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15 Idiotic Mistakes WWE Made With Their Network

Since the WWE Network is the driving force of revenue for the company, it only makes sense that all major decisions would revolve around the platform and how best to monetize it. To date, the network has fallen short of its lofty aim of two million subscribers, and in recent weeks the WWE, in general, has miscued in terms of their promises to shareholders and the expected net revenue for 2017. Still, the company is working hard to change that. One has to wonder, if viewers are the goal and profits are the objective, why the recent run of strange decisions?

The WWE continues to make choices as it pertains to the WWE Network that many would consider mind-boggling. From canceling some of the more popular shows to eliminating opportunities that give wrestlers a platform to get over to the WWE Universe in longer and less scripted interviews to the types of shows being produced. There seems to be no rhyme or reason to what's going on behind the scenes.

Fans everywhere sighed in unison as Talking Smack was removed from weekly programming, yet few noticed that Breaking Ground wouldn't be back. The WWE prioritized their social media channels to their own network and they decided against some of the easiest forms of shows to offer fans. In many cases, the company put all must-see action on free television and made pay-per-views largely irrelevant.

The good news is that most of these problems are fixable. With a quick change or directional shift, the WWE Universe could come back in higher numbers. That is, of course, unless the WWE continues to make some of the same idiotic decisions they made with WWE Network to this point.

15 Cancelled Talking Smack

via wwe.com

Removing Talking Smack from the WWE Network might be the single biggest show specific decision the WWE has made to date. It's also likely the WWE biggest blunder. When Talking Smack left, the WWE Universe and the talent involved in the show were completely up in arms over the decision and no one seems to completely understand why the decision was made.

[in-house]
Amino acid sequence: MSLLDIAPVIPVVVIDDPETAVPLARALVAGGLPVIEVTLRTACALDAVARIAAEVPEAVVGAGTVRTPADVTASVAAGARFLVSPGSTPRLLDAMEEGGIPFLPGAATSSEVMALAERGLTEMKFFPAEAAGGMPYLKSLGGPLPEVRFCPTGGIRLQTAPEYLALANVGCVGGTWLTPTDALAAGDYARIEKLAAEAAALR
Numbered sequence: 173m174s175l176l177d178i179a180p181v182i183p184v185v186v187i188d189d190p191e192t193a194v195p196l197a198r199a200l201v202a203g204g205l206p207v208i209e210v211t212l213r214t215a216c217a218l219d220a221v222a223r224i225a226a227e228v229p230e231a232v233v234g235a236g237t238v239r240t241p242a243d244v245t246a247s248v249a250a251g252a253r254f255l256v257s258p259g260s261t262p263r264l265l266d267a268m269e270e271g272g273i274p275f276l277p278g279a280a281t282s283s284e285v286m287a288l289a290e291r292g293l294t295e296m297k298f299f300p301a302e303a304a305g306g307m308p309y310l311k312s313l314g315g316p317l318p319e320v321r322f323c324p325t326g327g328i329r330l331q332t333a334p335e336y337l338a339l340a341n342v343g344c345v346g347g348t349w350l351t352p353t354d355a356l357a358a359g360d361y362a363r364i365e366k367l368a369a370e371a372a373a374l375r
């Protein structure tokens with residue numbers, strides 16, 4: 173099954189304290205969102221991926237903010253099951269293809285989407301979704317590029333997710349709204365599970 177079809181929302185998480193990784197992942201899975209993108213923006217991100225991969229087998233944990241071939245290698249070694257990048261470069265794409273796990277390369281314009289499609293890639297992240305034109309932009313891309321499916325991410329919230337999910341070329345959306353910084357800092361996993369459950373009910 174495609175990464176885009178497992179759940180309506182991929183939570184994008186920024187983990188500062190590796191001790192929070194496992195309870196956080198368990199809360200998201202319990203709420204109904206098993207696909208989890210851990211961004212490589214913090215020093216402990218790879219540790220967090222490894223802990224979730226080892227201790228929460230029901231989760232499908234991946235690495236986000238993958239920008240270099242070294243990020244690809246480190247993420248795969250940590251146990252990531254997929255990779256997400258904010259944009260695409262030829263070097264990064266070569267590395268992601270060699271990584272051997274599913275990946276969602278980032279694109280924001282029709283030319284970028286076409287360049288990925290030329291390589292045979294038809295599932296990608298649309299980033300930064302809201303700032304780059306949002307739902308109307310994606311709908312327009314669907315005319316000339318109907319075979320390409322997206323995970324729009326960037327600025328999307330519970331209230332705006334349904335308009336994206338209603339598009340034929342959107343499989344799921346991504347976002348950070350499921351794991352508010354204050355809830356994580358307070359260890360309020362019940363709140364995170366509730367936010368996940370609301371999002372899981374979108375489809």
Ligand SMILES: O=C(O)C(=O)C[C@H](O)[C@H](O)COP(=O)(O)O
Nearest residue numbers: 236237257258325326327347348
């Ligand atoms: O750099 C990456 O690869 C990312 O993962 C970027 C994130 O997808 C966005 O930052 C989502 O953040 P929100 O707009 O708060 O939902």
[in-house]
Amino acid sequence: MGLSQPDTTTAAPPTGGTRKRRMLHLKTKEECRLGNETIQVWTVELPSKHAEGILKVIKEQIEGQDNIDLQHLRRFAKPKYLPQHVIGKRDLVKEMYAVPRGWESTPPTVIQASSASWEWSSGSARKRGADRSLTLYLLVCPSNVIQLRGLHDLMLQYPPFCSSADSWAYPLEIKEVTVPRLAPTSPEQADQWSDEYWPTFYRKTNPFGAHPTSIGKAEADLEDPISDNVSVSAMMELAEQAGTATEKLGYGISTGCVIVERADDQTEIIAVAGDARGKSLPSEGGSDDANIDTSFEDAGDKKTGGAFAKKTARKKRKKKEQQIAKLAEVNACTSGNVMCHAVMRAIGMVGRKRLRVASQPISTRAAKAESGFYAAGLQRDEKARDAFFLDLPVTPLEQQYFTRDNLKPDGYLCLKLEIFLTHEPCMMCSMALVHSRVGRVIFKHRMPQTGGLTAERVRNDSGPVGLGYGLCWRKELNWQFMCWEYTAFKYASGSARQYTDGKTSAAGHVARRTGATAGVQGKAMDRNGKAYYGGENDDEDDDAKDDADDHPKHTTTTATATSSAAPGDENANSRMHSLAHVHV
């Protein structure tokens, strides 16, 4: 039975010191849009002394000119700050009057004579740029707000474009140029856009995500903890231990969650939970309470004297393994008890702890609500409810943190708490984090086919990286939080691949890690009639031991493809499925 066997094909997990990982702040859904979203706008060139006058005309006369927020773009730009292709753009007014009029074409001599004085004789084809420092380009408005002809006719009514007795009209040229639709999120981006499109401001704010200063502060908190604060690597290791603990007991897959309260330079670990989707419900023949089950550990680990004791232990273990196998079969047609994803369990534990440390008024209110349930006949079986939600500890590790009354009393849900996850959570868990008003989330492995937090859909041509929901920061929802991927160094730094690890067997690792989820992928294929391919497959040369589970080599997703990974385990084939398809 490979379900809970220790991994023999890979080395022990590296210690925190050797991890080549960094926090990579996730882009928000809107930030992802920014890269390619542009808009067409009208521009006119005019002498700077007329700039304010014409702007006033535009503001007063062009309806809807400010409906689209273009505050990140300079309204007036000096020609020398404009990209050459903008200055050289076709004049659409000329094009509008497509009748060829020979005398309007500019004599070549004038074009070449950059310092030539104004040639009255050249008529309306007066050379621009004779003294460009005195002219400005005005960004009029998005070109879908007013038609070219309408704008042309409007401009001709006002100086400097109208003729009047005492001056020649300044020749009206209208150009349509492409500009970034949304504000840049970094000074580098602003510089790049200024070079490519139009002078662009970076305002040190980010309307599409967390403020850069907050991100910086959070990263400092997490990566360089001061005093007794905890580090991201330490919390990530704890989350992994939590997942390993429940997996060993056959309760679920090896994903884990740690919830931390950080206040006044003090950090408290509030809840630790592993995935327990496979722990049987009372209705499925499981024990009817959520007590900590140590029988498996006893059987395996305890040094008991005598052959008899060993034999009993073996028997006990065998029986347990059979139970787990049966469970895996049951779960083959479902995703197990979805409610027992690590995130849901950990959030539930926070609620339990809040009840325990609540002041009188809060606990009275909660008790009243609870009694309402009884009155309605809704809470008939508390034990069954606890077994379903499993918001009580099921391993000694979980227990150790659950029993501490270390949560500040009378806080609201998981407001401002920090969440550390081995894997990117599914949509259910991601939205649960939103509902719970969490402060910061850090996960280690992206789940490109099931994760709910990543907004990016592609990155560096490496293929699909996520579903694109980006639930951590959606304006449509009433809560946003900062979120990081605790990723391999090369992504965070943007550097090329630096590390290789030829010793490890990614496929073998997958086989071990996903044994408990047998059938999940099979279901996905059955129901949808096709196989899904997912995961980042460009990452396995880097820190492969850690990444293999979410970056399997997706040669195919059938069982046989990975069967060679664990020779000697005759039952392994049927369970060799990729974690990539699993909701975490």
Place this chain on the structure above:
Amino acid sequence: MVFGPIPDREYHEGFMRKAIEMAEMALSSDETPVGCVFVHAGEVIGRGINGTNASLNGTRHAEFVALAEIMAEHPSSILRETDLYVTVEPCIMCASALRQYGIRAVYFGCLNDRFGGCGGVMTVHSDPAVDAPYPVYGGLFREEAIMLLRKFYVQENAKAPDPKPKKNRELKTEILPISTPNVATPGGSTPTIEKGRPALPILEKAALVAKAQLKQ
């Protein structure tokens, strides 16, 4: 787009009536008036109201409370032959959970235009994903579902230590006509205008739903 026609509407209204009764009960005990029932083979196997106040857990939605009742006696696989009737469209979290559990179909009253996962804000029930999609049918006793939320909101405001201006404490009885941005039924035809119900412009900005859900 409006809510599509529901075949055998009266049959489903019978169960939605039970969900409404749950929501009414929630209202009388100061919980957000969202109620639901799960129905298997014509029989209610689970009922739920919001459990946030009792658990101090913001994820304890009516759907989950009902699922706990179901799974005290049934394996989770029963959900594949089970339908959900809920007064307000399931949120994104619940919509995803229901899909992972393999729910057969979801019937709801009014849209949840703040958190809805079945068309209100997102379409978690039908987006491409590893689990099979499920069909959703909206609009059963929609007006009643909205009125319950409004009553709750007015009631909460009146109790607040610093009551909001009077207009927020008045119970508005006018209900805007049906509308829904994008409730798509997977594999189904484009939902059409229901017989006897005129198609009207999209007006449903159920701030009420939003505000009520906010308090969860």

Some suggest that it was numbers driven; that the viewership was down. Others think Vince McMahon didn't like the unscripted nature of the show and he couldn't control a show of its format. Almost everyone else thinks it was a poor choice and taking it away removed a platform for WWE Superstars they didn't otherwise have. Talents like The Miz made the most of their opportunities and arguably became bigger stars than they ever would have otherwise.

14 Hasn't Aired Live Events

via hawtcelebs.com

They did it with The Beast in the East and then never really did it again. With the success of that live event being aired, it's hard to understand why. Even if the WWE taped these events and aired them at a later date, it would be unique programming the WWE Universe couldn't see anywhere else.

The event is already set up, in many cases, the cameras are already rolling and the wrestlers are already performing. Why not air portions of the live events on WWE Network for fans who couldn't attend? This could be the type of programming the average fan never gets to see and could draw some eyeballs. Mix it with some footage of wrestlers traveling together and mixing it up from town to town (breaking kayfabe of course) and you could have something totally unique with little cost to the company.

13 Prioritized Social Media

via ilovebriancook.files.wordpress.com

Perhaps you can blame Zack Ryder for this one. Once Ryder showed the WWE that you could get over and popular just by using social media effectively, the company jumped on board and it became a priority to dominate every social media platform available. They went after Twitter, Facebook, Instagram and others, especially YouTube where the WWE has begun to broadcast news updates and important reveals for free.

Why would the WWE do such a thing if the idea is to draw people to both the television programs and, more importantly, the WWE Network? Why not reserve these reveals and news trinkets for the Network, requiring people subscribe to be up to speed? The social media platform should be used to tell the WWE Universe they can get those tidbits by signing up.

12 Produced Duds

via static.blankmaninc.com

That the WWE started out by promoting shows like Legends House and celebrities like Jerry Springer showed just how badly the WWE misjudged who would be interested in purchasing a subscription to the WWE Network. Instead of putting has-beens in a house, the WWE could have simply put collections of legends of the past on film with some documentary style commentary and they would have hit for a much better average.